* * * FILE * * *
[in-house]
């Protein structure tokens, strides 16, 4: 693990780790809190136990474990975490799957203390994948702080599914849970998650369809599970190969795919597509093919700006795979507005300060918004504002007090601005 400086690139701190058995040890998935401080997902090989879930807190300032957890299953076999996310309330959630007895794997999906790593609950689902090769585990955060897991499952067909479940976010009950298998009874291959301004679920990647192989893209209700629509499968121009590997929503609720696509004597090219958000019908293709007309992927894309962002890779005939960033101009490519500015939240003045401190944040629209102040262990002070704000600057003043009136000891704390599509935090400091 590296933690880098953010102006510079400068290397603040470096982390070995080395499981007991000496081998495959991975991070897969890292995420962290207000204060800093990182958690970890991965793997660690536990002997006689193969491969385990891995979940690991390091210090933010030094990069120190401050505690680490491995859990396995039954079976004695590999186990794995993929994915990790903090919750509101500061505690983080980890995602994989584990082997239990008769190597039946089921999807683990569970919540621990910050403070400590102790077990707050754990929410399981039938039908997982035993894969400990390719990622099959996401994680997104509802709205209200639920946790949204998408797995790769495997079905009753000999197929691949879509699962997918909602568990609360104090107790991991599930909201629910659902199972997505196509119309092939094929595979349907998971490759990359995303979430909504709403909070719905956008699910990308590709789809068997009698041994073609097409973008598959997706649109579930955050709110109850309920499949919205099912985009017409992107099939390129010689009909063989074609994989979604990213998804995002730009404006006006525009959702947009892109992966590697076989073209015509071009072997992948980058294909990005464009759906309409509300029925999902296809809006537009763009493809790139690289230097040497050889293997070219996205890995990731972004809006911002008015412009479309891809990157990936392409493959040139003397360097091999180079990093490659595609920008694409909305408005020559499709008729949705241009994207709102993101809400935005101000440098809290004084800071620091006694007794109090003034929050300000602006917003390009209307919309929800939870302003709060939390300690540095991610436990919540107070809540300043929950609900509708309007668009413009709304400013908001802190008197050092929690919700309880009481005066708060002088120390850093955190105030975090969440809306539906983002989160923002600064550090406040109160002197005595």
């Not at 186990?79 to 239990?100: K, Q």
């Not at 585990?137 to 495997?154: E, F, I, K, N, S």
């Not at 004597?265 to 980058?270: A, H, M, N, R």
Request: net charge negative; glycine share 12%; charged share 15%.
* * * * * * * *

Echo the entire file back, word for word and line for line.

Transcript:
[in-house]
């Protein structure tokens, strides 16, 4: 693990780790809190136990474990975490799957203390994948702080599914849970998650369809599970190969795919597509093919700006795979507005300060918004504002007090601005 400086690139701190058995040890998935401080997902090989879930807190300032957890299953076999996310309330959630007895794997999906790593609950689902090769585990955060897991499952067909479940976010009950298998009874291959301004679920990647192989893209209700629509499968121009590997929503609720696509004597090219958000019908293709007309992927894309962002890779005939960033101009490519500015939240003045401190944040629209102040262990002070704000600057003043009136000891704390599509935090400091 590296933690880098953010102006510079400068290397603040470096982390070995080395499981007991000496081998495959991975991070897969890292995420962290207000204060800093990182958690970890991965793997660690536990002997006689193969491969385990891995979940690991390091210090933010030094990069120190401050505690680490491995859990396995039954079976004695590999186990794995993929994915990790903090919750509101500061505690983080980890995602994989584990082997239990008769190597039946089921999807683990569970919540621990910050403070400590102790077990707050754990929410399981039938039908997982035993894969400990390719990622099959996401994680997104509802709205209200639920946790949204998408797995790769495997079905009753000999197929691949879509699962997918909602568990609360104090107790991991599930909201629910659902199972997505196509119309092939094929595979349907998971490759990359995303979430909504709403909070719905956008699910990308590709789809068997009698041994073609097409973008598959997706649109579930955050709110109850309920499949919205099912985009017409992107099939390129010689009909063989074609994989979604990213998804995002730009404006006006525009959702947009892109992966590697076989073209015509071009072997992948980058294909990005464009759906309409509300029925999902296809809006537009763009493809790139690289230097040497050889293997070219996205890995990731972004809006911002008015412009479309891809990157990936392409493959040139003397360097091999180079990093490659595609920008694409909305408005020559499709008729949705241009994207709102993101809400935005101000440098809290004084800071620091006694007794109090003034929050300000602006917003390009209307919309929800939870302003709060939390300690540095991610436990919540107070809540300043929950609900509708309007668009413009709304400013908001802190008197050092929690919700309880009481005066708060002088120390850093955190105030975090969440809306539906983002989160923002600064550090406040109160002197005595």
């Not at 186990?79 to 239990?100: K, Q």
């Not at 585990?137 to 495997?154: E, F, I, K, N, S």
């Not at 004597?265 to 980058?270: A, H, M, N, R």
Request: net charge negative; glycine share 12%; charged share 15%.